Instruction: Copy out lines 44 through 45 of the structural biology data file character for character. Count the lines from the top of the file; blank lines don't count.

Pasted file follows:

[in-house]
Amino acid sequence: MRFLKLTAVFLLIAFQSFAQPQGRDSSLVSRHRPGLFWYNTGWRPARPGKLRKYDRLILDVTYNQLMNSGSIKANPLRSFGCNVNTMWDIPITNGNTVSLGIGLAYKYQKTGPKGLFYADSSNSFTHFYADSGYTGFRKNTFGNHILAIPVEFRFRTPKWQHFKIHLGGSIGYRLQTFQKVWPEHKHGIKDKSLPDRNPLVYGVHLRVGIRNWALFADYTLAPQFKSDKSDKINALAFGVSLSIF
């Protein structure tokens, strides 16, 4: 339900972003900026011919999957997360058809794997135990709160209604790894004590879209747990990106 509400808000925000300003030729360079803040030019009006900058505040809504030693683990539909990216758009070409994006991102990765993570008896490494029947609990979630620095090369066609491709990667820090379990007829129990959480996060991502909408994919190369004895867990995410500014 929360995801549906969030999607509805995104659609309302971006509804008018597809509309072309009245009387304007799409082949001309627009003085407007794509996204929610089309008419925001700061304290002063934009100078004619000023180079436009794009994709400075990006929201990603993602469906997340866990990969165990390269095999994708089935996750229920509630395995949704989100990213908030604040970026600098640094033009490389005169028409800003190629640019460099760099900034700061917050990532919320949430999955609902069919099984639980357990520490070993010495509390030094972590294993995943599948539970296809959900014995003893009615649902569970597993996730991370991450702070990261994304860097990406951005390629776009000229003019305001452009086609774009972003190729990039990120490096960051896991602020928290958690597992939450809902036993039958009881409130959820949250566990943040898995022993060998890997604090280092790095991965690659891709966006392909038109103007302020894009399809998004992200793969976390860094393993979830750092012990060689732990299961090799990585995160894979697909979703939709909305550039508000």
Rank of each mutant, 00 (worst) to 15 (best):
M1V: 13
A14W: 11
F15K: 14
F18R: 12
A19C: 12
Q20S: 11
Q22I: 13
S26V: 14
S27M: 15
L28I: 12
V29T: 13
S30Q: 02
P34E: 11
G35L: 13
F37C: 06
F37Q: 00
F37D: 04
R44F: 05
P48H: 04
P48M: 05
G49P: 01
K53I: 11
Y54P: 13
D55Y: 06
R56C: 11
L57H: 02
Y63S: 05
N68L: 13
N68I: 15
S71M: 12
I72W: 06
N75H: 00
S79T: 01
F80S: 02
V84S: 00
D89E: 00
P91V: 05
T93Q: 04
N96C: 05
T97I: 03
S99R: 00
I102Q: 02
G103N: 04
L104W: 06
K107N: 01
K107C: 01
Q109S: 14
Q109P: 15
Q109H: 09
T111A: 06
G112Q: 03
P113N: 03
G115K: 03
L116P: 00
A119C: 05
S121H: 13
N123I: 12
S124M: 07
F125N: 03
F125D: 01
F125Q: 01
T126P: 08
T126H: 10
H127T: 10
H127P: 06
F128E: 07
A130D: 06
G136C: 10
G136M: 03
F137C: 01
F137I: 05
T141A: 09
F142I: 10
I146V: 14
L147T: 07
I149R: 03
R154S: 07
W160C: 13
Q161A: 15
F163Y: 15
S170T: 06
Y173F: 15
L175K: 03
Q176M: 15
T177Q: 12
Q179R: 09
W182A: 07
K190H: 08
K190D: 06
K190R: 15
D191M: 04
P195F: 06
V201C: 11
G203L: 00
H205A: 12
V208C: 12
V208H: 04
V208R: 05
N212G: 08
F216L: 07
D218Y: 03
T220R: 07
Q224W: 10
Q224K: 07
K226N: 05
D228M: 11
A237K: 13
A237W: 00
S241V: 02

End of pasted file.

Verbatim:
T97I: 03
S99R: 00